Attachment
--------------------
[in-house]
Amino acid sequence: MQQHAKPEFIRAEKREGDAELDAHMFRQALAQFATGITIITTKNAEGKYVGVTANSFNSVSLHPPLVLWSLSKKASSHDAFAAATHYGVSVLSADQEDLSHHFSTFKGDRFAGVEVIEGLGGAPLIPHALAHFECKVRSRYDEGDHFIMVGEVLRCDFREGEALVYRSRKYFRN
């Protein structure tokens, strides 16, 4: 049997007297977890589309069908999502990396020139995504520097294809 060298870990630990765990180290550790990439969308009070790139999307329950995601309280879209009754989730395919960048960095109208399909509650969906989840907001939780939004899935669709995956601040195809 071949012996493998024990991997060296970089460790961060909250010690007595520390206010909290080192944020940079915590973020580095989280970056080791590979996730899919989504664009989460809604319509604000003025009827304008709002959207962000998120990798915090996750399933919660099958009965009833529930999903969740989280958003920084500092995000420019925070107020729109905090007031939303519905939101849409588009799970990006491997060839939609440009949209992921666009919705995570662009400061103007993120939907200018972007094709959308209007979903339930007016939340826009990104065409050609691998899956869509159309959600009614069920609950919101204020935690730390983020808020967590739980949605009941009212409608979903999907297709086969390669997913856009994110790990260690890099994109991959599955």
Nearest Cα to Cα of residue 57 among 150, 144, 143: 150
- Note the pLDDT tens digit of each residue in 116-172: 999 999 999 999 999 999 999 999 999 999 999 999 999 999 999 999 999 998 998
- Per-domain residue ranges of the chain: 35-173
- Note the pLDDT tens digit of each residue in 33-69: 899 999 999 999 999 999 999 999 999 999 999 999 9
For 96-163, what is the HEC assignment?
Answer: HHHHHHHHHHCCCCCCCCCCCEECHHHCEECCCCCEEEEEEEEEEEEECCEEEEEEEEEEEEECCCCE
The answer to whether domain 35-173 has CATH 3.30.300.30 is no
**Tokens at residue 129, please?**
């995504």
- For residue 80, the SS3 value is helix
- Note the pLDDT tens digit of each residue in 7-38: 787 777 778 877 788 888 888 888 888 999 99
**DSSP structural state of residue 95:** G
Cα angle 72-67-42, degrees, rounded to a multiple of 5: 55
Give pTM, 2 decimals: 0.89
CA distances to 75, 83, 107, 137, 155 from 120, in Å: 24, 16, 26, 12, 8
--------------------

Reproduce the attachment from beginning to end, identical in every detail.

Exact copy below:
[in-house]
Amino acid sequence: MQQHAKPEFIRAEKREGDAELDAHMFRQALAQFATGITIITTKNAEGKYVGVTANSFNSVSLHPPLVLWSLSKKASSHDAFAAATHYGVSVLSADQEDLSHHFSTFKGDRFAGVEVIEGLGGAPLIPHALAHFECKVRSRYDEGDHFIMVGEVLRCDFREGEALVYRSRKYFRN
């Protein structure tokens, strides 16, 4: 049997007297977890589309069908999502990396020139995504520097294809 060298870990630990765990180290550790990439969308009070790139999307329950995601309280879209009754989730395919960048960095109208399909509650969906989840907001939780939004899935669709995956601040195809 071949012996493998024990991997060296970089460790961060909250010690007595520390206010909290080192944020940079915590973020580095989280970056080791590979996730899919989504664009989460809604319509604000003025009827304008709002959207962000998120990798915090996750399933919660099958009965009833529930999903969740989280958003920084500092995000420019925070107020729109905090007031939303519905939101849409588009799970990006491997060839939609440009949209992921666009919705995570662009400061103007993120939907200018972007094709959308209007979903339930007016939340826009990104065409050609691998899956869509159309959600009614069920609950919101204020935690730390983020808020967590739980949605009941009212409608979903999907297709086969390669997913856009994110790990260690890099994109991959599955």
Nearest Cα to Cα of residue 57 among 150, 144, 143: 150
- Note the pLDDT tens digit of each residue in 116-172: 999 999 999 999 999 999 999 999 999 999 999 999 999 999 999 999 999 998 998
- Per-domain residue ranges of the chain: 35-173
- Note the pLDDT tens digit of each residue in 33-69: 899 999 999 999 999 999 999 999 999 999 999 999 9
For 96-163, what is the HEC assignment?
Answer: HHHHHHHHHHCCCCCCCCCCCEECHHHCEECCCCCEEEEEEEEEEEEECCEEEEEEEEEEEEECCCCE
The answer to whether domain 35-173 has CATH 3.30.300.30 is no
**Tokens at residue 129, please?**
């995504």
- For residue 80, the SS3 value is helix
- Note the pLDDT tens digit of each residue in 7-38: 787 777 778 877 788 888 888 888 888 999 99
**DSSP structural state of residue 95:** G
Cα angle 72-67-42, degrees, rounded to a multiple of 5: 55
Give pTM, 2 decimals: 0.89
CA distances to 75, 83, 107, 137, 155 from 120, in Å: 24, 16, 26, 12, 8